Atomic Accidents: A History of Nuclear Meltdowns and Disasters: From the Ozark Mountains to FukushimaAtomic Accidents: A History of Nuclear Meltdowns and Disasters: From the Ozark Mountains to Fukushima by James Mahaffey

My rating: 5 of 5 stars

This was a surprisingly excellent read!

The author, while obviously extremely knowledgeable about nuclear Physics, also has a wry, satirical sense of humor that made me laugh out loud numerous times while reading this not-so-funny compendium of some of humanity’s greatest fuck-ups.

If you have any interest in these kind of events and the stories from the “nuclear age”, I cannot more strongly recommend this book. The science is worth the read alone, actually. I learned quite a bit more about nuclear power generation and weaponry than I previously knew. The author simplifies these highly technical aspects very well.

This is also a scary book; scary due to the possibilities. The ramifications of human error can often be a serious bitch to deal with. When you learn about the errors committed in these stories and realize that all this is still going on pretty much everywhere these days, it’s disconcerting. I’m not sure humans have learned their lessons yet.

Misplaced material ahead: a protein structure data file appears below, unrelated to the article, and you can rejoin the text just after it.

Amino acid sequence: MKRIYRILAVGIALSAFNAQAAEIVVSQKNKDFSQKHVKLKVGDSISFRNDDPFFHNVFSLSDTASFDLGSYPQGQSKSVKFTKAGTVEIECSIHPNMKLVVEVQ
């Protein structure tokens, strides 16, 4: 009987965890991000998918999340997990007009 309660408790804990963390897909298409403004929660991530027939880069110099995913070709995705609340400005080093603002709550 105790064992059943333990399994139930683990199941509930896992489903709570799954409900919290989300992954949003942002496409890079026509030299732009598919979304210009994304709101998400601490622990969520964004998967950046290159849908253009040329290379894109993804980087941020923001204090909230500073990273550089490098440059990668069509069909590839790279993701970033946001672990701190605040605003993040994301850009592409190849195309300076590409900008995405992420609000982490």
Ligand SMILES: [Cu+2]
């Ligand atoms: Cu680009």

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About V. T. Eric Layton

vtel57, Nocturnal Slacker

2 responses »

  1. So should we build more power plants for coal or uranium? Or starve in the dark? Solar and wind are negligible, me thinks. Did he talk about all the stuff dumped in the ocean?

    • He mentioned a bit about all the crud dumped in the oceans, particularly in the Bering Sea and the Arctic by the old U.S.S.R.

      What should we do? Well, we should definitely NOT use any of the older style boiling water or pressurized water reactors. We should definitely NOT use any of the graphite moderated reactors (like the Chernobyl RBMK). What we should do is get our heads out of the 60s and realize that there are many better designed, more efficient, cleaner-running, and safer fission reactors out there on the drawing boards. The problem is that no one wants to waste the money to build one because nuke power is not popular thing with the public these days. So, for a company or conglomerate of some sort to risk the investment, they need to be sure they’ll turn a profit. Their confidence in that ability is not high at this time because of government licensing costs, building costs, etc.

      Coal, oil, and natural gas are cheap, relatively safe, and EXTREMELY profitable, so you know how that’s going to go. Right?

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